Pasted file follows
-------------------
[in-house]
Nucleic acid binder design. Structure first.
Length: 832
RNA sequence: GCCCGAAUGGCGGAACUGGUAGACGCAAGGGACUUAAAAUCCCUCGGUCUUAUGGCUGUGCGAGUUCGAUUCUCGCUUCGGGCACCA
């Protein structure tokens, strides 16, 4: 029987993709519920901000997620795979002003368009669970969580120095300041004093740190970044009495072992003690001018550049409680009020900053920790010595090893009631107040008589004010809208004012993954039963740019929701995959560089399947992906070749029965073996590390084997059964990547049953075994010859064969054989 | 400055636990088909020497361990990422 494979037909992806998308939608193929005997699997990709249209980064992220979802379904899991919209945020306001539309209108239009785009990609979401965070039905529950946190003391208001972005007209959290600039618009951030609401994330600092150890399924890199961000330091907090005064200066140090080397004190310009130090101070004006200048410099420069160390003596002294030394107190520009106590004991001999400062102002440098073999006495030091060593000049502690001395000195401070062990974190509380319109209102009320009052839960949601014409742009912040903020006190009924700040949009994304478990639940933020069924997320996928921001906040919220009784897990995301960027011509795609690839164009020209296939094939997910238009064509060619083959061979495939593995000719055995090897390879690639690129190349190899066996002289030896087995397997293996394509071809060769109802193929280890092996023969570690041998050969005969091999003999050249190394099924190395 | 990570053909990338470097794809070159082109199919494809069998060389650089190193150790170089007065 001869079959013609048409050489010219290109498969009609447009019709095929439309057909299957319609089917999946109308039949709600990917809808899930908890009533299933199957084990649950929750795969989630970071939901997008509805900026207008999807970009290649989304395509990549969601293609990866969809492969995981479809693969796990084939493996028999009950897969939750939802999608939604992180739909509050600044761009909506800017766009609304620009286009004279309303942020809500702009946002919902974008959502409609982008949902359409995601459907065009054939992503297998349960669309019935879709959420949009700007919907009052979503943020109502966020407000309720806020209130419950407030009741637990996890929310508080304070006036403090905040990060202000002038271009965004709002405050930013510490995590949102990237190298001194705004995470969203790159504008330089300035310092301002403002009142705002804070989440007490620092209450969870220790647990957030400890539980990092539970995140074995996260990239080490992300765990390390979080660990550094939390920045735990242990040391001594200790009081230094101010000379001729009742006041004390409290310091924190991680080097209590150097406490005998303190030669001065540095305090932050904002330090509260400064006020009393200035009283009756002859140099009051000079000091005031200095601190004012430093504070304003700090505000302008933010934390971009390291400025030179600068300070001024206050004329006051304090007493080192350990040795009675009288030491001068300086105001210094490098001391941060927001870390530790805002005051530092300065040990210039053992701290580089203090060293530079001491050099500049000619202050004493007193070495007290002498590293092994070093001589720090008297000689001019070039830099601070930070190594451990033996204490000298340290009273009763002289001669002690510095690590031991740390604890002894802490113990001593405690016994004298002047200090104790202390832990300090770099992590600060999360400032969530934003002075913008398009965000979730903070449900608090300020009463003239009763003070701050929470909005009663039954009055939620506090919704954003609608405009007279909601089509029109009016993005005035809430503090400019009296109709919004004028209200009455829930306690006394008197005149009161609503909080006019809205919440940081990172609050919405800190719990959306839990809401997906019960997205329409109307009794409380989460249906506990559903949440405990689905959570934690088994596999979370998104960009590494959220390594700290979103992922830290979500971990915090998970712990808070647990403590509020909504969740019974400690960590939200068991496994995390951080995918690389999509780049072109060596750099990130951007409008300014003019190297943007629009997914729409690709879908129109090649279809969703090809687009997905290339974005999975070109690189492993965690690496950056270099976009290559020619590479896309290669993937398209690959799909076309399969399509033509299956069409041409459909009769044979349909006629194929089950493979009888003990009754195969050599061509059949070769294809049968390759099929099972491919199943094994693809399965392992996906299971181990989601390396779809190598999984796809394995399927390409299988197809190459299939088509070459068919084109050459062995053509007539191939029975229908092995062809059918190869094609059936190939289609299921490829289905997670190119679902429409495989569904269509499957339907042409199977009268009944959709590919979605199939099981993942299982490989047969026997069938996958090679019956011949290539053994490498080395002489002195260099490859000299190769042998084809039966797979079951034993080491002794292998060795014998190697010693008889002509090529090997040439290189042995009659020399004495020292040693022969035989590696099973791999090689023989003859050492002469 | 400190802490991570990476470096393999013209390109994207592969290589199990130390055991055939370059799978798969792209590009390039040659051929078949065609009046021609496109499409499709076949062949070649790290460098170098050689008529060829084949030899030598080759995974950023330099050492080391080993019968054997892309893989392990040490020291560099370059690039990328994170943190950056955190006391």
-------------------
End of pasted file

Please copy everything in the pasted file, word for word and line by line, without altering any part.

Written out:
[in-house]
Nucleic acid binder design. Structure first.
Length: 832
RNA sequence: GCCCGAAUGGCGGAACUGGUAGACGCAAGGGACUUAAAAUCCCUCGGUCUUAUGGCUGUGCGAGUUCGAUUCUCGCUUCGGGCACCA
């Protein structure tokens, strides 16, 4: 029987993709519920901000997620795979002003368009669970969580120095300041004093740190970044009495072992003690001018550049409680009020900053920790010595090893009631107040008589004010809208004012993954039963740019929701995959560089399947992906070749029965073996590390084997059964990547049953075994010859064969054989 | 400055636990088909020497361990990422 494979037909992806998308939608193929005997699997990709249209980064992220979802379904899991919209945020306001539309209108239009785009990609979401965070039905529950946190003391208001972005007209959290600039618009951030609401994330600092150890399924890199961000330091907090005064200066140090080397004190310009130090101070004006200048410099420069160390003596002294030394107190520009106590004991001999400062102002440098073999006495030091060593000049502690001395000195401070062990974190509380319109209102009320009052839960949601014409742009912040903020006190009924700040949009994304478990639940933020069924997320996928921001906040919220009784897990995301960027011509795609690839164009020209296939094939997910238009064509060619083959061979495939593995000719055995090897390879690639690129190349190899066996002289030896087995397997293996394509071809060769109802193929280890092996023969570690041998050969005969091999003999050249190394099924190395 | 990570053909990338470097794809070159082109199919494809069998060389650089190193150790170089007065 001869079959013609048409050489010219290109498969009609447009019709095929439309057909299957319609089917999946109308039949709600990917809808899930908890009533299933199957084990649950929750795969989630970071939901997008509805900026207008999807970009290649989304395509990549969601293609990866969809492969995981479809693969796990084939493996028999009950897969939750939802999608939604992180739909509050600044761009909506800017766009609304620009286009004279309303942020809500702009946002919902974008959502409609982008949902359409995601459907065009054939992503297998349960669309019935879709959420949009700007919907009052979503943020109502966020407000309720806020209130419950407030009741637990996890929310508080304070006036403090905040990060202000002038271009965004709002405050930013510490995590949102990237190298001194705004995470969203790159504008330089300035310092301002403002009142705002804070989440007490620092209450969870220790647990957030400890539980990092539970995140074995996260990239080490992300765990390390979080660990550094939390920045735990242990040391001594200790009081230094101010000379001729009742006041004390409290310091924190991680080097209590150097406490005998303190030669001065540095305090932050904002330090509260400064006020009393200035009283009756002859140099009051000079000091005031200095601190004012430093504070304003700090505000302008933010934390971009390291400025030179600068300070001024206050004329006051304090007493080192350990040795009675009288030491001068300086105001210094490098001391941060927001870390530790805002005051530092300065040990210039053992701290580089203090060293530079001491050099500049000619202050004493007193070495007290002498590293092994070093001589720090008297000689001019070039830099601070930070190594451990033996204490000298340290009273009763002289001669002690510095690590031991740390604890002894802490113990001593405690016994004298002047200090104790202390832990300090770099992590600060999360400032969530934003002075913008398009965000979730903070449900608090300020009463003239009763003070701050929470909005009663039954009055939620506090919704954003609608405009007279909601089509029109009016993005005035809430503090400019009296109709919004004028209200009455829930306690006394008197005149009161609503909080006019809205919440940081990172609050919405800190719990959306839990809401997906019960997205329409109307009794409380989460249906506990559903949440405990689905959570934690088994596999979370998104960009590494959220390594700290979103992922830290979500971990915090998970712990808070647990403590509020909504969740019974400690960590939200068991496994995390951080995918690389999509780049072109060596750099990130951007409008300014003019190297943007629009997914729409690709879908129109090649279809969703090809687009997905290339974005999975070109690189492993965690690496950056270099976009290559020619590479896309290669993937398209690959799909076309399969399509033509299956069409041409459909009769044979349909006629194929089950493979009888003990009754195969050599061509059949070769294809049968390759099929099972491919199943094994693809399965392992996906299971181990989601390396779809190598999984796809394995399927390409299988197809190459299939088509070459068919084109050459062995053509007539191939029975229908092995062809059918190869094609059936190939289609299921490829289905997670190119679902429409495989569904269509499957339907042409199977009268009944959709590919979605199939099981993942299982490989047969026997069938996958090679019956011949290539053994490498080395002489002195260099490859000299190769042998084809039966797979079951034993080491002794292998060795014998190697010693008889002509090529090997040439290189042995009659020399004495020292040693022969035989590696099973791999090689023989003859050492002469 | 400190802490991570990476470096393999013209390109994207592969290589199990130390055991055939370059799978798969792209590009390039040659051929078949065609009046021609496109499409499709076949062949070649790290460098170098050689008529060829084949030899030598080759995974950023330099050492080391080993019968054997892309893989392990040490020291560099370059690039990328994170943190950056955190006391």